“Ngayong gabi ay panahon ng paglaban at ang mga kasama ko ngayon ay handang lumaban kasama ng mga mamahayag sa Inquirer, ABS-CBN, at iba pang mamamahayag na patuloy na ginigipit ng pamahalaang ito,” said Tupaz.
(The time to fight is now, and I am with journalists who are ready to fight, along with members of the Inquirer, ABS-CBN, and others who are continuously being harassed by this government.)
“Alam namin na ang labang ito ay laban ng bagong henerasyon ng mga mamamahayag. Kaya bilang pagpapakita ng suporta sa inyo, pakikiisa sa inyo, kami ay sasama sa inyo. Sabi namin, ‘We will hold the line!’ But the line is long,” Tupaz added.
(We know that this fight is the fight of the new generation of journalists. To show our support for you, our solidarity with you, we are with you. We say,’We will hold the line!’ But the line is long.)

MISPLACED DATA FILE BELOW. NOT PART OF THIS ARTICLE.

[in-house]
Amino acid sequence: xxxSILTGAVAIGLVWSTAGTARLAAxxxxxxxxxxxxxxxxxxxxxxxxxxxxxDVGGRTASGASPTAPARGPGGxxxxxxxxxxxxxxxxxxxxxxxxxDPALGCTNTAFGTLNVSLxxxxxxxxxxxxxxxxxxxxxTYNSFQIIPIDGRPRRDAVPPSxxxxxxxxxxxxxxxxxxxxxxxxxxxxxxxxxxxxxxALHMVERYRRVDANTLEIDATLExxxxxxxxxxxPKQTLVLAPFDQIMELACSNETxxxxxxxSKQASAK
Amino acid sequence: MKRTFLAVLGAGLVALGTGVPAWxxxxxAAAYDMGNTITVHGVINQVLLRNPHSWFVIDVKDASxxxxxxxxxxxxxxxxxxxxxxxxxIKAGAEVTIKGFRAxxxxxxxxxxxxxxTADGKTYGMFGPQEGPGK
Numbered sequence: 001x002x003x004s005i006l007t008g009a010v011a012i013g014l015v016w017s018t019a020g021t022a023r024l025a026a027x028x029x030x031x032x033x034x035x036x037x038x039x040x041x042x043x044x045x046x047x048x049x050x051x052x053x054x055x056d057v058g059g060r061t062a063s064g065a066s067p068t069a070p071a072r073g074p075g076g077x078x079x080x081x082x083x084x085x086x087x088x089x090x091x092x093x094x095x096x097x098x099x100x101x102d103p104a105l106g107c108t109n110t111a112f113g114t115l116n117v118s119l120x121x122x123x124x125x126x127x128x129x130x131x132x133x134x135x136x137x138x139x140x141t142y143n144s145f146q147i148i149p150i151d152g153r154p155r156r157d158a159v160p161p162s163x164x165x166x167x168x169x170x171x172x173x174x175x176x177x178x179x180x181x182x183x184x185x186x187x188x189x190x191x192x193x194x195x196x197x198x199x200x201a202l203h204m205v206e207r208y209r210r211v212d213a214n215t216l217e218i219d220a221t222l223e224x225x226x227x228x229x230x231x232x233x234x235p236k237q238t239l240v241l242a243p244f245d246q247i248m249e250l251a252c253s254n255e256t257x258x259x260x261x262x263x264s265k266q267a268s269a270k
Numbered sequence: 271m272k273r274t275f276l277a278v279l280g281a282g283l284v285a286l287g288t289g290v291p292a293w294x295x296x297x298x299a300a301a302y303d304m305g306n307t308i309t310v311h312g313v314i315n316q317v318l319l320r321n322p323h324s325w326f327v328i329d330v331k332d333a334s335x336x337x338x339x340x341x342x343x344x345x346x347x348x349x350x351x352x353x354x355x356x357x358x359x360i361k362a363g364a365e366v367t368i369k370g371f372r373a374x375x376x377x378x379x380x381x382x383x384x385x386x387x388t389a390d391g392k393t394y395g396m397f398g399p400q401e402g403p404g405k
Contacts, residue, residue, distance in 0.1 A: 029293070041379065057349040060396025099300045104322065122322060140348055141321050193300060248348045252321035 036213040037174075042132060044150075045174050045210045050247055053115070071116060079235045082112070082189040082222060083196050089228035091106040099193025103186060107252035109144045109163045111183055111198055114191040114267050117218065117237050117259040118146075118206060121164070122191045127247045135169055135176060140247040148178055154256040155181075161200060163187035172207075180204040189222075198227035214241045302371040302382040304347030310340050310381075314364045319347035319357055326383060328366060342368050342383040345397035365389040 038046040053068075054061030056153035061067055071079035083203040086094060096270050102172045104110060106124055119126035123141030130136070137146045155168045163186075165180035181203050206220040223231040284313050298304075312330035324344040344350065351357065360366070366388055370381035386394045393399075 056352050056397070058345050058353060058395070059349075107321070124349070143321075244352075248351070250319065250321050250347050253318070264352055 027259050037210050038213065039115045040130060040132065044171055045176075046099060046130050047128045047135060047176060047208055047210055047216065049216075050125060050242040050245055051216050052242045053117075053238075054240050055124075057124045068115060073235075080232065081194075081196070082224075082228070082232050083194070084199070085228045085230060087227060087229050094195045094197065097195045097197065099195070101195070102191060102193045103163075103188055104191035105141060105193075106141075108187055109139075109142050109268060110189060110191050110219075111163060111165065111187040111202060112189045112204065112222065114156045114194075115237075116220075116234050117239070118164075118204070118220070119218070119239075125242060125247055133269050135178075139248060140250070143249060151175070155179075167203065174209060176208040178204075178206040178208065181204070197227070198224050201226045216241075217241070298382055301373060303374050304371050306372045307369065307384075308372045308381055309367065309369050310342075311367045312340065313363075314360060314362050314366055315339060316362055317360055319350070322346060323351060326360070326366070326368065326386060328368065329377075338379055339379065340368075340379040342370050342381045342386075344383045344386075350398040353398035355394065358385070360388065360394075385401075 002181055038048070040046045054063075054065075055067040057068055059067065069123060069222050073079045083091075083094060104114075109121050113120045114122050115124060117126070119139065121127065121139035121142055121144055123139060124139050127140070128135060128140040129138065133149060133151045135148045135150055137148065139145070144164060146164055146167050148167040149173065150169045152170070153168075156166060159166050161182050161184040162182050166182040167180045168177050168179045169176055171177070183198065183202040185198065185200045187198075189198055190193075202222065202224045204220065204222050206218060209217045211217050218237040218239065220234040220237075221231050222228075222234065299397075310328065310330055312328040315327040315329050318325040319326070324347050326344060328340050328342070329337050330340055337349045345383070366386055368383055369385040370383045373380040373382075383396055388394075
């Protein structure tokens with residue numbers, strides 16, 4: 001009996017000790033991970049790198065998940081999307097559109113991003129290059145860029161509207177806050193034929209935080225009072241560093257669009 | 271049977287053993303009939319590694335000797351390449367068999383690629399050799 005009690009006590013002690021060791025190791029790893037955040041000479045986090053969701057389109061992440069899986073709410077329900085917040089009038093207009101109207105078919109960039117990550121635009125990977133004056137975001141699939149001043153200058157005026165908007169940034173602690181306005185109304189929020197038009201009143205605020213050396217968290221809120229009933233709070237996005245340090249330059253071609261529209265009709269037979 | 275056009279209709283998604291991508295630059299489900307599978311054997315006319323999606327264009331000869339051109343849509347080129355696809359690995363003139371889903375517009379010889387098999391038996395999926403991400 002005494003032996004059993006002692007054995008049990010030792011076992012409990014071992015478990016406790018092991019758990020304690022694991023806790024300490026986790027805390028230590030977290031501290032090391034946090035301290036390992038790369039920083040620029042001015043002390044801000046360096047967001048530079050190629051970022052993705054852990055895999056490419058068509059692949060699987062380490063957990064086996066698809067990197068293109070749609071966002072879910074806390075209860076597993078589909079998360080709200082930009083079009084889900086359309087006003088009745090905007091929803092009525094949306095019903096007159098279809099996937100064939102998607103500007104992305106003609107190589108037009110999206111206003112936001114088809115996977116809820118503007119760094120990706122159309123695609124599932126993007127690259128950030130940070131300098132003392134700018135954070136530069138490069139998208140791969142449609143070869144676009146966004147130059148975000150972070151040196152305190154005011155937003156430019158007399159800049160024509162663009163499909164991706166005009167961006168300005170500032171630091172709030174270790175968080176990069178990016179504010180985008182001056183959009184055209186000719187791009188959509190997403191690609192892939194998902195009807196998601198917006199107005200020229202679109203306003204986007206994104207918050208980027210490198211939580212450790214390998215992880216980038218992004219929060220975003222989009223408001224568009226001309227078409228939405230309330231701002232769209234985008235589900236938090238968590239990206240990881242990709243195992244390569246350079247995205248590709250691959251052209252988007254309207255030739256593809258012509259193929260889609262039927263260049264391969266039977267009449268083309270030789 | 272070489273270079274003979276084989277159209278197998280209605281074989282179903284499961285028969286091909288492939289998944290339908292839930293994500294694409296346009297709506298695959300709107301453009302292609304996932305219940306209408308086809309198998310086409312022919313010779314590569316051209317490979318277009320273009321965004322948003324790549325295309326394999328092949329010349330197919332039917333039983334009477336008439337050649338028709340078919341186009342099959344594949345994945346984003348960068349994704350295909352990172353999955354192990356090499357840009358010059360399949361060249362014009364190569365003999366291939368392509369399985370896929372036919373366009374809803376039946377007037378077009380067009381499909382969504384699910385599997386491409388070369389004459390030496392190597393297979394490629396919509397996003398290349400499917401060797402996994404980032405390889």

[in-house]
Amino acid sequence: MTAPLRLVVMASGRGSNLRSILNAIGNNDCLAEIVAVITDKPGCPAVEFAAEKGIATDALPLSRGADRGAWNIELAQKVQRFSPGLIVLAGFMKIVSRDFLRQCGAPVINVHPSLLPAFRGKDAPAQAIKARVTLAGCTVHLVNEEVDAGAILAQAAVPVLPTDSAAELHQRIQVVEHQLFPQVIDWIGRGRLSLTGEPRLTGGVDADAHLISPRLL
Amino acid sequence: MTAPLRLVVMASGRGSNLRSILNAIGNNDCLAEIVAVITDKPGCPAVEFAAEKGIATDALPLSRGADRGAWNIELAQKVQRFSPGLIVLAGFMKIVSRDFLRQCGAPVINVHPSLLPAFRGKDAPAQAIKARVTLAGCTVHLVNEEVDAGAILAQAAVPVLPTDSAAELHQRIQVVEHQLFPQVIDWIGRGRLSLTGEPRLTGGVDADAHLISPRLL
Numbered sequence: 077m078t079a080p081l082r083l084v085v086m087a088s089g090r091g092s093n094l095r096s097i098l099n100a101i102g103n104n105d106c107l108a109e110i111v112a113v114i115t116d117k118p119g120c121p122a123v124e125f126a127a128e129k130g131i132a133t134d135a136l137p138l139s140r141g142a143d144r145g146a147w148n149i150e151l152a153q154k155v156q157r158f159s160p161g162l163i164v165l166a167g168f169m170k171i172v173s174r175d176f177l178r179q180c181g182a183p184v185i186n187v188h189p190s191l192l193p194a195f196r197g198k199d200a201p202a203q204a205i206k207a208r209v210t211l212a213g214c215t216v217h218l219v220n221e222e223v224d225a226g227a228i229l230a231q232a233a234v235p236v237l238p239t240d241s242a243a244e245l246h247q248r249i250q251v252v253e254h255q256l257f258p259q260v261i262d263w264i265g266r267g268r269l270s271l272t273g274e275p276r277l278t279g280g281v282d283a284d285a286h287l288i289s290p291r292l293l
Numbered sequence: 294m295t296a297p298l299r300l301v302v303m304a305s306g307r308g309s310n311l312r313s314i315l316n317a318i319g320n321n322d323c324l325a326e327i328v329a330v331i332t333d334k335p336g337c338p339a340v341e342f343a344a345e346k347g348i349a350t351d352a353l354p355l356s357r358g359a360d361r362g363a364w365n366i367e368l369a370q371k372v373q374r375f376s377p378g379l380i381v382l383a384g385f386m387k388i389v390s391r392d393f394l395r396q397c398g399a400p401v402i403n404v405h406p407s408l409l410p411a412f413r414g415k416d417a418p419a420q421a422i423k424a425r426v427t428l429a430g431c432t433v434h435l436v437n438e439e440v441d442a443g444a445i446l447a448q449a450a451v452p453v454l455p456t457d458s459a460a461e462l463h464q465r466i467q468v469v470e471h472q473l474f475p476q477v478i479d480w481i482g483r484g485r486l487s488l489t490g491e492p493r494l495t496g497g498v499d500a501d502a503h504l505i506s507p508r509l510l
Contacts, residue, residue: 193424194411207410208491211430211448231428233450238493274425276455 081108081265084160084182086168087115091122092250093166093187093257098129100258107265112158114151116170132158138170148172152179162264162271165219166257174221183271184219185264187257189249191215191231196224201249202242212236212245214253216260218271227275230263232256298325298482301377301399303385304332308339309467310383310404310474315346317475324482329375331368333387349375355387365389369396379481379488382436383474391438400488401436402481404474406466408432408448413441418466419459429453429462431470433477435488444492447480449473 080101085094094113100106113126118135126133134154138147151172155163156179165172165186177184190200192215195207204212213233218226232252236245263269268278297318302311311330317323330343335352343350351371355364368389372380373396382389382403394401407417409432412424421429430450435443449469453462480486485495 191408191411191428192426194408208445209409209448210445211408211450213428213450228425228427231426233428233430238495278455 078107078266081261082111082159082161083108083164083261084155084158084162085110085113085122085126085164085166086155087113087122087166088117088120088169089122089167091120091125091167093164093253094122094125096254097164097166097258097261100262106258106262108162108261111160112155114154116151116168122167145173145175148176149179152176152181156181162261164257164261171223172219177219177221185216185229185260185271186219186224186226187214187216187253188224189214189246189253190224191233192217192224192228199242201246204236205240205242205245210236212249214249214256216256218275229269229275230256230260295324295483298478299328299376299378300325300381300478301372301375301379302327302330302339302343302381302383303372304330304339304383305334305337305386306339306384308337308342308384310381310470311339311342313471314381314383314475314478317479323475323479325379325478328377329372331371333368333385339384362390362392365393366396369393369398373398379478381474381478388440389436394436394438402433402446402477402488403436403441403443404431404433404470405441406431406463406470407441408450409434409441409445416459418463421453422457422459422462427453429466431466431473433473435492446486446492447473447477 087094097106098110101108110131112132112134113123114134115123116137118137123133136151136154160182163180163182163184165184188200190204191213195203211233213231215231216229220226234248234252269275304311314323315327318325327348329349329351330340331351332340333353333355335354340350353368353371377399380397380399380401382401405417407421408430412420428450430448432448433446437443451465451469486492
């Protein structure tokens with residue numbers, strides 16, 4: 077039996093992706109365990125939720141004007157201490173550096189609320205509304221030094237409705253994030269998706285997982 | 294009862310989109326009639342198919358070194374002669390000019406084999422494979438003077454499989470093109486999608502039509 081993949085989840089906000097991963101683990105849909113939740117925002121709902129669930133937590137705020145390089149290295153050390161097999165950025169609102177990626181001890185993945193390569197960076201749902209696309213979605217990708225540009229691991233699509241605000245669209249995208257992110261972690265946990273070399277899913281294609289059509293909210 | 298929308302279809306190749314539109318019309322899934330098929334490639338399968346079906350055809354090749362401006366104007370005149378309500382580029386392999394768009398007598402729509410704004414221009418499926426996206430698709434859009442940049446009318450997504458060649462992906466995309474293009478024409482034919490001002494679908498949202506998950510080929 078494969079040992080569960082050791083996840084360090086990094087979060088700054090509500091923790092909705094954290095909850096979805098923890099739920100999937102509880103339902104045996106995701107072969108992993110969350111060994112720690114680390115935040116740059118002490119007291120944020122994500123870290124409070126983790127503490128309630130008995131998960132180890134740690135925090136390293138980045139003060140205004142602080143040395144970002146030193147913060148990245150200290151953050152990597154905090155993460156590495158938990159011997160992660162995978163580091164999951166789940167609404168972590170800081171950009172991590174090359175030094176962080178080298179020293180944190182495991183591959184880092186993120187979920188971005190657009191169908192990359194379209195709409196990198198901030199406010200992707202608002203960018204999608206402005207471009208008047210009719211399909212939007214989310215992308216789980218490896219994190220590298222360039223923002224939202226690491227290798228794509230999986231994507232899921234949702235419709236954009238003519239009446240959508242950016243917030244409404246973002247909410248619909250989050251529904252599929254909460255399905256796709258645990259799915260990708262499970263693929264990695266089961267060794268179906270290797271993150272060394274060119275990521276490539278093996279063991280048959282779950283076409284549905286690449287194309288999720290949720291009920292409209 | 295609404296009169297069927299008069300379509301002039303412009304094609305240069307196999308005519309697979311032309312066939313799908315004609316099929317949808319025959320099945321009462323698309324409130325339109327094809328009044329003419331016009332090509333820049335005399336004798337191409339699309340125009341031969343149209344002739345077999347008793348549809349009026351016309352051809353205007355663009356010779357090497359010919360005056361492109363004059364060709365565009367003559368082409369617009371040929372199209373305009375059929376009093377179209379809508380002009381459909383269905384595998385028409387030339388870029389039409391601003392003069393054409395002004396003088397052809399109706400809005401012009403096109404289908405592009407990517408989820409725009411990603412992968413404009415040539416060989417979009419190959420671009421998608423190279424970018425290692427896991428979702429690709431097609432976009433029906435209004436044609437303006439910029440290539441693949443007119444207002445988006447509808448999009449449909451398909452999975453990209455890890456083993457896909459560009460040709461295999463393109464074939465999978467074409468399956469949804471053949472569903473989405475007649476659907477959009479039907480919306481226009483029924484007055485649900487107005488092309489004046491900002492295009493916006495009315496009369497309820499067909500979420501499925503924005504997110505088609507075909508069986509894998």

President Rodrigo Duterte is known to hurl accusations against select media companies, particularly those that had made critical reports about his policies. A day after the SEC ruling, Duterte advised journalists to “criticize with moderation.” (READ: Case vs Rappler not a freedom of the press issue? Please.)
Malacañang refuted claims that the President had a hand in the SEC ruling, though it was the government’s counsel, Solicitor General Jose Calida, who had asked the regulator to investigate Rappler.
Several groups at home and abroad slammed the move as an “alarming attempt to silence independent journalism”and a “win for fake news.” – Rappler.com